Our industry frequently forgets this. We grasp excitedly for the new toy before the old one is barely out of the Christmas wrapping. Those lauding the metaverse not 12 months ago, are now getting excited about artificial intelligence, without having even yet experimented properly or gleaned any useful insights from the metaverse yet. When we skip from trend to trend, we impede our ability to fully exploit that technology, providing no opportunity for interrogation, excavation or experimentation.
For example, many years ago one of my clients clamoured to become involved with Pokémon Go. But when he learned its popularity was beginning to wane, instantly dismissed the idea of being involved, and immediately became besotted about searching for the next boat that had sailed.
Wouldn’t it have been better if he’d invested in monitoring the broader territory of Extended Reality? Then, though he may not have had a specific partnership with Pokémon Go, just by tracking the territory as it matured — rather than obsessing over a single transient title — he could have been the brand with the most dominant and enduring presence in AR or XR today.
An innovation garden
Marketers need to plan for the transition of technology over time, embedding systems that allow for experimentation, reflection, and reorientation, and that shadow its development across the ebb and flow of flaws and improvements.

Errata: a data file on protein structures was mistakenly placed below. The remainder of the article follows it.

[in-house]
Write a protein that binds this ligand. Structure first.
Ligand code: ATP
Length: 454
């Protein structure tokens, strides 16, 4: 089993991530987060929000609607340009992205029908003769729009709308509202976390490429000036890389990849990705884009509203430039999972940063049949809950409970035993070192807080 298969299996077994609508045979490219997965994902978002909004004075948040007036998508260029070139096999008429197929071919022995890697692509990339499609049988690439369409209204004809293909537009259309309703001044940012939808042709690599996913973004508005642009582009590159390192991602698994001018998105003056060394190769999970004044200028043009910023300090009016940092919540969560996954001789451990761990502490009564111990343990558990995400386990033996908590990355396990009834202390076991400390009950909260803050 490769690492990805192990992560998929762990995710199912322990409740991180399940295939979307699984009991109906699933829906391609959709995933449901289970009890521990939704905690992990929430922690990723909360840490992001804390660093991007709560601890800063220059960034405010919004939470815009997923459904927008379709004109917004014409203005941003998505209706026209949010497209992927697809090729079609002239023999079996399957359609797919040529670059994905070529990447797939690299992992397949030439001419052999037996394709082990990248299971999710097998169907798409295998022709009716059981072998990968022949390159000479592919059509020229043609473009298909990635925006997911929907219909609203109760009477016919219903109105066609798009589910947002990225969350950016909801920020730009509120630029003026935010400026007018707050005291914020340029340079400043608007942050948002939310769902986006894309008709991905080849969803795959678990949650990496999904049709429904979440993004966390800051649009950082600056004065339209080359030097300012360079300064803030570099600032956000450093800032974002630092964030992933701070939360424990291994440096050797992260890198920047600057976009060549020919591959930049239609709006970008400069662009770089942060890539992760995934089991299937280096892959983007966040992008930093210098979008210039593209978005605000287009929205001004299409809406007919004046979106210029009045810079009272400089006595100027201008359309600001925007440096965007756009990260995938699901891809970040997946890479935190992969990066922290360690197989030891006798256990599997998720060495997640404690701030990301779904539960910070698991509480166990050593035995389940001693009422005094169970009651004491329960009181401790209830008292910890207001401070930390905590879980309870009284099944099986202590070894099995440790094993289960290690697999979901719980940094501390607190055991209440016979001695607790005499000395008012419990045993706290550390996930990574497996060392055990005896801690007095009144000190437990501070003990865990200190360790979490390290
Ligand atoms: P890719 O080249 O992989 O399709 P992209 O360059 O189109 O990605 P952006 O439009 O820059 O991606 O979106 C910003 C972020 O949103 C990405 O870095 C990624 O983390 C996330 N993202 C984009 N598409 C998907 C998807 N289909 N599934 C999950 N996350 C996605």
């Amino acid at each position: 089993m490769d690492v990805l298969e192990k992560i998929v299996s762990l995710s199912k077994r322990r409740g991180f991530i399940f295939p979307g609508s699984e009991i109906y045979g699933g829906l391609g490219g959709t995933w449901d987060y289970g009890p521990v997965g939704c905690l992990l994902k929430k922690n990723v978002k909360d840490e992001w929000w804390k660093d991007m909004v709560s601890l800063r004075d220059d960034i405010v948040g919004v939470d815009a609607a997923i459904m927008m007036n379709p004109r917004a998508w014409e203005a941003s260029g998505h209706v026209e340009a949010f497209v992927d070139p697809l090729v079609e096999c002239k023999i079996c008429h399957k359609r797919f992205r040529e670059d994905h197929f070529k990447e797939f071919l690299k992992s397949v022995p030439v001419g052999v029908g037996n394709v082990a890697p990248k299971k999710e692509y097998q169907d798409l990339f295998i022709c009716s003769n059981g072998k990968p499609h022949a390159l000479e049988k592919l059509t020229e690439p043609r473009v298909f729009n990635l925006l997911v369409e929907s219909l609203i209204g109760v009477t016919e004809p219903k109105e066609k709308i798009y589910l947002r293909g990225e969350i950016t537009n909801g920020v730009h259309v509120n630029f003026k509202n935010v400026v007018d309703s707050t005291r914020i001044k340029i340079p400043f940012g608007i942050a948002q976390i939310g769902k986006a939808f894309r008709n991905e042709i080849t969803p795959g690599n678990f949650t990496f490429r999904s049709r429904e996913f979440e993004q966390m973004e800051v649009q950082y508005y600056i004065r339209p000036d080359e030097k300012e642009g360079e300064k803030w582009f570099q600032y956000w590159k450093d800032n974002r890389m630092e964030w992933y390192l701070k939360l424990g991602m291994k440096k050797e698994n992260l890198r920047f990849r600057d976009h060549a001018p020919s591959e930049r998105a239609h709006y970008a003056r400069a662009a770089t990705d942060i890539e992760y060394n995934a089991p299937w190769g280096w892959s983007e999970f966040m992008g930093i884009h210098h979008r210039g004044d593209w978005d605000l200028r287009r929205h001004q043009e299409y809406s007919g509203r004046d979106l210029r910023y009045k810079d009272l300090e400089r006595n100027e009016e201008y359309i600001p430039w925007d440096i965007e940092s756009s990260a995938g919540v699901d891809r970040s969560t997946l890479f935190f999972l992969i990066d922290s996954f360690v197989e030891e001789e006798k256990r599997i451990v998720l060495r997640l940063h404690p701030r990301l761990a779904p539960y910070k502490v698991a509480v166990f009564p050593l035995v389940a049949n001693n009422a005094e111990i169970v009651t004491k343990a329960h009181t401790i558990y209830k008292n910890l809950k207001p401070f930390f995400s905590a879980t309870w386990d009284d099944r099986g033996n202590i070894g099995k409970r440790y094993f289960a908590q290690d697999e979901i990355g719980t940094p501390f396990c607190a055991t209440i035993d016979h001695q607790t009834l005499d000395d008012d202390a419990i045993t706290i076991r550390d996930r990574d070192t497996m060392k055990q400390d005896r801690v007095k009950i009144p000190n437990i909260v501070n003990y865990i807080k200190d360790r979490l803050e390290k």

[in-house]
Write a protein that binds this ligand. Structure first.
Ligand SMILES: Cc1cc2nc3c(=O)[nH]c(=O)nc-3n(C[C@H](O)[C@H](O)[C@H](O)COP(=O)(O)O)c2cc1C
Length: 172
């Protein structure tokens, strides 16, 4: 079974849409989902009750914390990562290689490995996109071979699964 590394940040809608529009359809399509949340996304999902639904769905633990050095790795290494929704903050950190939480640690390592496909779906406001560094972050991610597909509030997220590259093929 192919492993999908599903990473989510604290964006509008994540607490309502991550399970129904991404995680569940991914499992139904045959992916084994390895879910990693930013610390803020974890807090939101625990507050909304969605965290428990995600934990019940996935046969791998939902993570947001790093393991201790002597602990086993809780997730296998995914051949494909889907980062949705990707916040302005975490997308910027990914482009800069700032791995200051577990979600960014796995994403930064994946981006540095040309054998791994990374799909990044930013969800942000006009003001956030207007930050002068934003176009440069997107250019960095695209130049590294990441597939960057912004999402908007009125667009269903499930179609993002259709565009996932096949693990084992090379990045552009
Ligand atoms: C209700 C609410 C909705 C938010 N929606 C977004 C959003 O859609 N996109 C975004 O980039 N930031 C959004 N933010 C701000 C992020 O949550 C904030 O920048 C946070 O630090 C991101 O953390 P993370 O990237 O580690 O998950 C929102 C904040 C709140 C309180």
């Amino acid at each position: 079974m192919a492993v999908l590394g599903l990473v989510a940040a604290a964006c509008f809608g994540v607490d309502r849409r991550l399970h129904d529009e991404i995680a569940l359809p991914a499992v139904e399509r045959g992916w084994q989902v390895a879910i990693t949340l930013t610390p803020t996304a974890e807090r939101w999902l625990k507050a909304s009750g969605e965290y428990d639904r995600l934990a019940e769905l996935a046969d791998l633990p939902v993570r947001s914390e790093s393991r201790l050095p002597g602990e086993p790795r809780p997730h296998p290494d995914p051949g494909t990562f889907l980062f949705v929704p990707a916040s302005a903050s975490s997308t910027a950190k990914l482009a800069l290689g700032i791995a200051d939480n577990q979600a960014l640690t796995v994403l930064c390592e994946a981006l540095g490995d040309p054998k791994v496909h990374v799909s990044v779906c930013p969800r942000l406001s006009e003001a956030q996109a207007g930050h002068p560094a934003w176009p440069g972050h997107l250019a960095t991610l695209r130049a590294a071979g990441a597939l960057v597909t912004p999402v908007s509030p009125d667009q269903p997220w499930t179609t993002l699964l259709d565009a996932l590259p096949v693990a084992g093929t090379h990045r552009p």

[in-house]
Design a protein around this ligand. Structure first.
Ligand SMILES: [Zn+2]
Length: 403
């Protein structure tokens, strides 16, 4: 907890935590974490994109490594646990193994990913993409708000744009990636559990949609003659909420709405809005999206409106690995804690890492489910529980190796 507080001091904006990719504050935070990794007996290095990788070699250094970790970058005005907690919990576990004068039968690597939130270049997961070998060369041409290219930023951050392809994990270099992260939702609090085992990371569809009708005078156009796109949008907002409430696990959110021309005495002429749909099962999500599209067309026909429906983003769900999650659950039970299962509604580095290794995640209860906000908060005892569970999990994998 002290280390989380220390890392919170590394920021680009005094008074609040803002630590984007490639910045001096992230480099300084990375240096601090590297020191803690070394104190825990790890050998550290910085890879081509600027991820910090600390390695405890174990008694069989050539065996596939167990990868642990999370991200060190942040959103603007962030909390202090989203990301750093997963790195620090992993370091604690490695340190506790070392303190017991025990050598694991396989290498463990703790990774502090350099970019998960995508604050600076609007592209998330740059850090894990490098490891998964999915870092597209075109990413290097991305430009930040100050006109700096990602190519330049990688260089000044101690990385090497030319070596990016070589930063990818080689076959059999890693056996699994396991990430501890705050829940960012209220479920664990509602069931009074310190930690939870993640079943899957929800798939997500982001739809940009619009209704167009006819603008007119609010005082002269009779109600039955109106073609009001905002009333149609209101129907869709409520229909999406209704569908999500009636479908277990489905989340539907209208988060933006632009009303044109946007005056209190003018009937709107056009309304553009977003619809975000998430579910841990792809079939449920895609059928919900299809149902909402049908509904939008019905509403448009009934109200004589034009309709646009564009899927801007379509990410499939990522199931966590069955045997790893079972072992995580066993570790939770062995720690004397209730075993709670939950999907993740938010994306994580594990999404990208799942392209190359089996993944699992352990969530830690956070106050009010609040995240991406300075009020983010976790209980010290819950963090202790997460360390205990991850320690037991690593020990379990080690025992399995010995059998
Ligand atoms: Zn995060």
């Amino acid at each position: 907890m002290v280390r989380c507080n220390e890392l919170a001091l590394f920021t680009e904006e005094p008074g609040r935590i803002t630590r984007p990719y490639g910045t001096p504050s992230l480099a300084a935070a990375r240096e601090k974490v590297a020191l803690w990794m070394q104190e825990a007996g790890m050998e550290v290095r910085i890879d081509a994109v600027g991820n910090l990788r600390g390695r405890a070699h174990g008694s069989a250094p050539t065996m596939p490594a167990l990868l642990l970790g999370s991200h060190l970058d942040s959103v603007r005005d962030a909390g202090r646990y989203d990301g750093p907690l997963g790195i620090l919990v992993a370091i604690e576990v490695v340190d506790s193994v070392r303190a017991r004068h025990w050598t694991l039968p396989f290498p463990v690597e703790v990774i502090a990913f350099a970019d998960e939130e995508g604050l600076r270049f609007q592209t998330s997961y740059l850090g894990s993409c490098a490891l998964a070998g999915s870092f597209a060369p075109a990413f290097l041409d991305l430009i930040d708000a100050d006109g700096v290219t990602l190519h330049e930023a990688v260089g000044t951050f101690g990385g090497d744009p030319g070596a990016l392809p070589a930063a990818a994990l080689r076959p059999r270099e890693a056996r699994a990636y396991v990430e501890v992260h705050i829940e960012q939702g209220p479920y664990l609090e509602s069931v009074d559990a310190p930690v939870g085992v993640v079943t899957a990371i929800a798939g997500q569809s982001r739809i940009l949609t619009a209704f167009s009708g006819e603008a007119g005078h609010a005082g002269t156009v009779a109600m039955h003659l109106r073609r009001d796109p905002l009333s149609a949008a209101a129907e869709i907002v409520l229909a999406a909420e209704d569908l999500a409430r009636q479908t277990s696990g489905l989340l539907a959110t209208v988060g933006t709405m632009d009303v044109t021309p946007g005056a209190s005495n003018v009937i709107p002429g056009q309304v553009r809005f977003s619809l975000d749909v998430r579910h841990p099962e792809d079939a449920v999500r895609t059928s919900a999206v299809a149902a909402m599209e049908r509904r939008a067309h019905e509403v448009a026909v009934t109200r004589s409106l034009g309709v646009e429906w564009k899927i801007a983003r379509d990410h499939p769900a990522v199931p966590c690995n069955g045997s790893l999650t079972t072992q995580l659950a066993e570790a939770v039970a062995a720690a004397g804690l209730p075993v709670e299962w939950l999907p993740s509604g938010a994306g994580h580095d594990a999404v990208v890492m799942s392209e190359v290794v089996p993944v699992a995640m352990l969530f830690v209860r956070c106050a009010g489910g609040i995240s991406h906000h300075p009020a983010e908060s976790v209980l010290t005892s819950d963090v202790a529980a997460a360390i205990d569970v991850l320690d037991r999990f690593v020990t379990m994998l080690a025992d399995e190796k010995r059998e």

The way to do this is to think about your approach to innovation like a garden.
Cultivate a range of plants, or in this case, technologies. Don’t lavish all your attention and resources on your latest purchase. Instead, give yourself options, and monitor the growth of your garden as a whole.
Some may wither and die, and some may blossom, as indeed some technologies will succeed and fail, but you won’t know which for a while yet, so grow your innovation garden over time, accompanying its evolution by making adjustments as the seasons come and go.
When we misunderstand innovation and technology, we see it as a “spike” in the timeline. Transient and fleeting, we must grab at it whilst we can before we’re trounced by a competitor.
But that’s not quite it. Contrary to what we’re told, technology takes its time.
And so should we.
Phil Rowley is head of futures at Omnicom Media Group UK and the author of Hit the Switch: the Future of Sustainable Business. He writes a monthly column for The Media Leader about the future of media.